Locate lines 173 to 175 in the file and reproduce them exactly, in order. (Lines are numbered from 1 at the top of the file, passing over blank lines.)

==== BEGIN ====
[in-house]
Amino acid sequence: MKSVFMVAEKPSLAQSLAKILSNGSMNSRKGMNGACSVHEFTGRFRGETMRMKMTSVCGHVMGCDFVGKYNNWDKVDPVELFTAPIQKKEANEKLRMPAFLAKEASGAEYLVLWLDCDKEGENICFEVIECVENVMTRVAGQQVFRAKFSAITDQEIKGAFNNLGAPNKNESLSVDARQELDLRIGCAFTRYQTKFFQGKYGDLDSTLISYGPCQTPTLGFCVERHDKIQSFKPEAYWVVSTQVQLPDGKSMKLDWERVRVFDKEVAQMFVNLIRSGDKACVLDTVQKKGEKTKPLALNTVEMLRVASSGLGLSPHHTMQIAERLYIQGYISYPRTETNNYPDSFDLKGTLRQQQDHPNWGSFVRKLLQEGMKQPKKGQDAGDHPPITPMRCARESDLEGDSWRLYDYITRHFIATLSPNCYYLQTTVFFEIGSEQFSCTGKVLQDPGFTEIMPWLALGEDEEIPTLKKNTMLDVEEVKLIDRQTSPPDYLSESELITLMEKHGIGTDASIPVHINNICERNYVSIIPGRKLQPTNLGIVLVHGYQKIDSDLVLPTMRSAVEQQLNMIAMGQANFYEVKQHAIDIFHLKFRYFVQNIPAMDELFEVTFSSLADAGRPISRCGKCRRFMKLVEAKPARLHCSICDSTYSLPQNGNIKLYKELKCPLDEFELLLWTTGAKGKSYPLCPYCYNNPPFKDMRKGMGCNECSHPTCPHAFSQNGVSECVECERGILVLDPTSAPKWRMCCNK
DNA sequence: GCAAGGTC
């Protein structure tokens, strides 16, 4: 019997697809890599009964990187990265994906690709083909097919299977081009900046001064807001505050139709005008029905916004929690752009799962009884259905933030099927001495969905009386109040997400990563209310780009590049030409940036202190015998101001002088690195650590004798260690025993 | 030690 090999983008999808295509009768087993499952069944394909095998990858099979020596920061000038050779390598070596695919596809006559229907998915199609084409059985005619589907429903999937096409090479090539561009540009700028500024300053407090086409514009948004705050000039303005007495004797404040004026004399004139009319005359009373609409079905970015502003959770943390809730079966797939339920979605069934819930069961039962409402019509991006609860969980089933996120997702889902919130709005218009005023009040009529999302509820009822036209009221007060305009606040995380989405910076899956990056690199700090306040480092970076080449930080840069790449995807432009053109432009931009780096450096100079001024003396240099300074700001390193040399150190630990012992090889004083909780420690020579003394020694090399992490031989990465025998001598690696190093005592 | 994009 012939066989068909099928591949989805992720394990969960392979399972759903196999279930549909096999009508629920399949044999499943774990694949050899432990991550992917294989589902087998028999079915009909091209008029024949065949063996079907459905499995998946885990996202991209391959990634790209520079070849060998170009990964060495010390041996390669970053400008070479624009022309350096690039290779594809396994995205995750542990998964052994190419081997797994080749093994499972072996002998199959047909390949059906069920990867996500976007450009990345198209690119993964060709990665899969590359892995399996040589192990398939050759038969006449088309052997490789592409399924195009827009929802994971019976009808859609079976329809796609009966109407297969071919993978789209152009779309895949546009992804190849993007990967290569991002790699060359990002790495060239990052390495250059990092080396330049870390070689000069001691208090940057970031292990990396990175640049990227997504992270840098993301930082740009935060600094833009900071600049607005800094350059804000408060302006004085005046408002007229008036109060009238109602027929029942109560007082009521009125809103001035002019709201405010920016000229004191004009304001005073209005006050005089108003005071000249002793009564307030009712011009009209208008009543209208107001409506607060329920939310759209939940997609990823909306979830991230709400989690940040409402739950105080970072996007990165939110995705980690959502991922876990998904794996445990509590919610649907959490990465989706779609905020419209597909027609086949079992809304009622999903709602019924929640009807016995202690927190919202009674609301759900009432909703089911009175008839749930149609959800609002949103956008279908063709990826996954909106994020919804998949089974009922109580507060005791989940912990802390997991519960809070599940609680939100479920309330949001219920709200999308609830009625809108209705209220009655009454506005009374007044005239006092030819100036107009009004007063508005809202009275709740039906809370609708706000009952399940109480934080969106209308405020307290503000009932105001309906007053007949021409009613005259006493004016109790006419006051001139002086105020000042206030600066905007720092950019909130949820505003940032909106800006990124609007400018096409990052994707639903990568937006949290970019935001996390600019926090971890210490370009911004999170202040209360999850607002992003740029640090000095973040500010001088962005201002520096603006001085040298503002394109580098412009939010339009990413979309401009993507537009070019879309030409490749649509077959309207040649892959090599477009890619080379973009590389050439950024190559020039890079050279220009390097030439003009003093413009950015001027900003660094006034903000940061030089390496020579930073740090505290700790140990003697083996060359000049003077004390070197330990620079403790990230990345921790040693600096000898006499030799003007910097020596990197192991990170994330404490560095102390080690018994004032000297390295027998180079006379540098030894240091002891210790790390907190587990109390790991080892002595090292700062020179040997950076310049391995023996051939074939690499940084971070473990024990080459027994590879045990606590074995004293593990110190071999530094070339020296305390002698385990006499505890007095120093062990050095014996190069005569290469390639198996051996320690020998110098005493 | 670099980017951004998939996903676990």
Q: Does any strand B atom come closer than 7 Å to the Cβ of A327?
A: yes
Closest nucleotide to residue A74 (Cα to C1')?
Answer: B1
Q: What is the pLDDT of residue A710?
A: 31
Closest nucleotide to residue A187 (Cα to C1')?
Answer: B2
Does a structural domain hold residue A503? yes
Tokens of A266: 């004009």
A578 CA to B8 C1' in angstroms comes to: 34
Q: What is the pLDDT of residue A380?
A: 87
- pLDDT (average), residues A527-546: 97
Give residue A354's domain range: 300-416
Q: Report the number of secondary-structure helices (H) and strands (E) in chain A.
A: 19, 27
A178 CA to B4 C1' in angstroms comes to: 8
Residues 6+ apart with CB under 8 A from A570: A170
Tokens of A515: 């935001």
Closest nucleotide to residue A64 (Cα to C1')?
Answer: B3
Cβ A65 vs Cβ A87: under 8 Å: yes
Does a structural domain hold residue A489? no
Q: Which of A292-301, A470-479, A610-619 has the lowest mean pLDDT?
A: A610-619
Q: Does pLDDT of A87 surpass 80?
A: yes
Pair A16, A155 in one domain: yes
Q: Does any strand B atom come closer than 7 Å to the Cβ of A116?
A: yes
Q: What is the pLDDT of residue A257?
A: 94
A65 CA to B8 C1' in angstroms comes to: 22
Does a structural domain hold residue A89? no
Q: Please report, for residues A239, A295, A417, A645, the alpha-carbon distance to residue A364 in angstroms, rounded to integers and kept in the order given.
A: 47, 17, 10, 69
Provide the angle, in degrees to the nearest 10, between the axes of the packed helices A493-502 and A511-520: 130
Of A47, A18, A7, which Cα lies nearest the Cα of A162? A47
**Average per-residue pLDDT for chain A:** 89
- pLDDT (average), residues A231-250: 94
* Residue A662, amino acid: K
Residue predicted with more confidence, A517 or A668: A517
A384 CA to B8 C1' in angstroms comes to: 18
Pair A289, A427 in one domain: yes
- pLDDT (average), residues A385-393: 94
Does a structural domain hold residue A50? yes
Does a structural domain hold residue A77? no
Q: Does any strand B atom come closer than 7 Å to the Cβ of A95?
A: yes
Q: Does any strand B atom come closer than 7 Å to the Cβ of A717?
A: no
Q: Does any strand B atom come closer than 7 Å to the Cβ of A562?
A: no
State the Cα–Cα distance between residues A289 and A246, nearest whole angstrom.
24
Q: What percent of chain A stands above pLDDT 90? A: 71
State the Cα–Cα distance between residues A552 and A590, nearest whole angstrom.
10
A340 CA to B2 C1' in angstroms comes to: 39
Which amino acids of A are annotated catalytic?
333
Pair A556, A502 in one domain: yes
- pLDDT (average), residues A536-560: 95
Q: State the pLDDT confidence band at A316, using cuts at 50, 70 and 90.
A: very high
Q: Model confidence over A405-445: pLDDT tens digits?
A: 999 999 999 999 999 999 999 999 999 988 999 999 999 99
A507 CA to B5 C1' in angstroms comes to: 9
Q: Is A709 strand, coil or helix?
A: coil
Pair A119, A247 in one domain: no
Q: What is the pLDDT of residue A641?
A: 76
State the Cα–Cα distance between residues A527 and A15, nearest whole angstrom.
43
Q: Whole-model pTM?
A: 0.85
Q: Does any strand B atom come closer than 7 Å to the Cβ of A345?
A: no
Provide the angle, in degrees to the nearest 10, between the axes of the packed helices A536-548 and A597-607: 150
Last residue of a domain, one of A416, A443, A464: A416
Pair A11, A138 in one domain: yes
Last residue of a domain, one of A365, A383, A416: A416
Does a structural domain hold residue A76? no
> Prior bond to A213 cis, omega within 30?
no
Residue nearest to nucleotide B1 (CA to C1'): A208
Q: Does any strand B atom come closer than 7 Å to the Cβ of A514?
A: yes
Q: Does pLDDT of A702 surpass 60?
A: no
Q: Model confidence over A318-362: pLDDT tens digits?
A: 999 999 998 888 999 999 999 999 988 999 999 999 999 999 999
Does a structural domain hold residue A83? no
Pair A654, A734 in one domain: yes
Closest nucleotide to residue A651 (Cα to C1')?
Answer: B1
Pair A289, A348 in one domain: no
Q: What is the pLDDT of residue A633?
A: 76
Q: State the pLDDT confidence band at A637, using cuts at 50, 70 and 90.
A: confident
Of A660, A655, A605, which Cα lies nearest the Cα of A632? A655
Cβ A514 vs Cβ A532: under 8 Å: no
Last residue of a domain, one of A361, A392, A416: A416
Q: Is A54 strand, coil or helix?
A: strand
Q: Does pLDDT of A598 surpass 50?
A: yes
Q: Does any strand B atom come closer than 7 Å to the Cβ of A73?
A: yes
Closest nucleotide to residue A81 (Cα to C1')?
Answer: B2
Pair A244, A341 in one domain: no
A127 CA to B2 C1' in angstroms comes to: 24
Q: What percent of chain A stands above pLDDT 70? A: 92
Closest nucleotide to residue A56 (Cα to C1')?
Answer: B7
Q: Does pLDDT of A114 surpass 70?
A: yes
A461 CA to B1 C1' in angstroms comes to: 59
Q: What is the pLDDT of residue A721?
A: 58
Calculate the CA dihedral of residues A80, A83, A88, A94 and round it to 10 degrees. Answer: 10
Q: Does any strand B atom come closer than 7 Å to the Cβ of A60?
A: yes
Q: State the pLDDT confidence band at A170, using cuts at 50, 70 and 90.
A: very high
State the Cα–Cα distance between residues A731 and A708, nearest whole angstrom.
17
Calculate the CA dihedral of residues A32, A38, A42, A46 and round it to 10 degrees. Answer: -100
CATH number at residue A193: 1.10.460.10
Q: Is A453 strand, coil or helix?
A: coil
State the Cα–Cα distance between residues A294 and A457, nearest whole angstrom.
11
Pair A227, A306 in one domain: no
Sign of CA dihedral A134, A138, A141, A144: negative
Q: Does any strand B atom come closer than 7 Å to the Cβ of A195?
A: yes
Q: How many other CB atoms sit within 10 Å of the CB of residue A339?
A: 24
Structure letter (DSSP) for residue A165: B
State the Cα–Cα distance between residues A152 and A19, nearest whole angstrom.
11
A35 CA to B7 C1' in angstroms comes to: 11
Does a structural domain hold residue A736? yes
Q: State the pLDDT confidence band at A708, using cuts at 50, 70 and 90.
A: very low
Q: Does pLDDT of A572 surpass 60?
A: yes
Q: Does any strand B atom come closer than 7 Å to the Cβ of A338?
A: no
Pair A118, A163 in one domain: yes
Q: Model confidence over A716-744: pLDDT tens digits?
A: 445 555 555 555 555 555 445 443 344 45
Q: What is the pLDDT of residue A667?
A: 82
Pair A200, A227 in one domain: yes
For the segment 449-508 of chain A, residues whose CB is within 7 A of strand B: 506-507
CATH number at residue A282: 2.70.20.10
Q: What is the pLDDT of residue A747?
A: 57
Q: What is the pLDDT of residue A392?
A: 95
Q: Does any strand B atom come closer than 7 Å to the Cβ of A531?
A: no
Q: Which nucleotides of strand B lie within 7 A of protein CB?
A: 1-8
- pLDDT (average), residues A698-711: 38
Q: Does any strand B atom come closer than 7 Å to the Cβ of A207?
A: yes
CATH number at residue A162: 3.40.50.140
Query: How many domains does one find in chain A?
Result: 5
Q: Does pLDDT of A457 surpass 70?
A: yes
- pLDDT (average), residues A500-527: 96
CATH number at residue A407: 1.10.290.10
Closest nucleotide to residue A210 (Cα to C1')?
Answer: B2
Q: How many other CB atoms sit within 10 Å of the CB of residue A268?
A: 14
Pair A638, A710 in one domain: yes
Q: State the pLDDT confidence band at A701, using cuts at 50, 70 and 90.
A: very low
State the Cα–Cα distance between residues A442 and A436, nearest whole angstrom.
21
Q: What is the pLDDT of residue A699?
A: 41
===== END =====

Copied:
Q: Which nucleotides of strand B lie within 7 A of protein CB?
A: 1-8
- pLDDT (average), residues A698-711: 38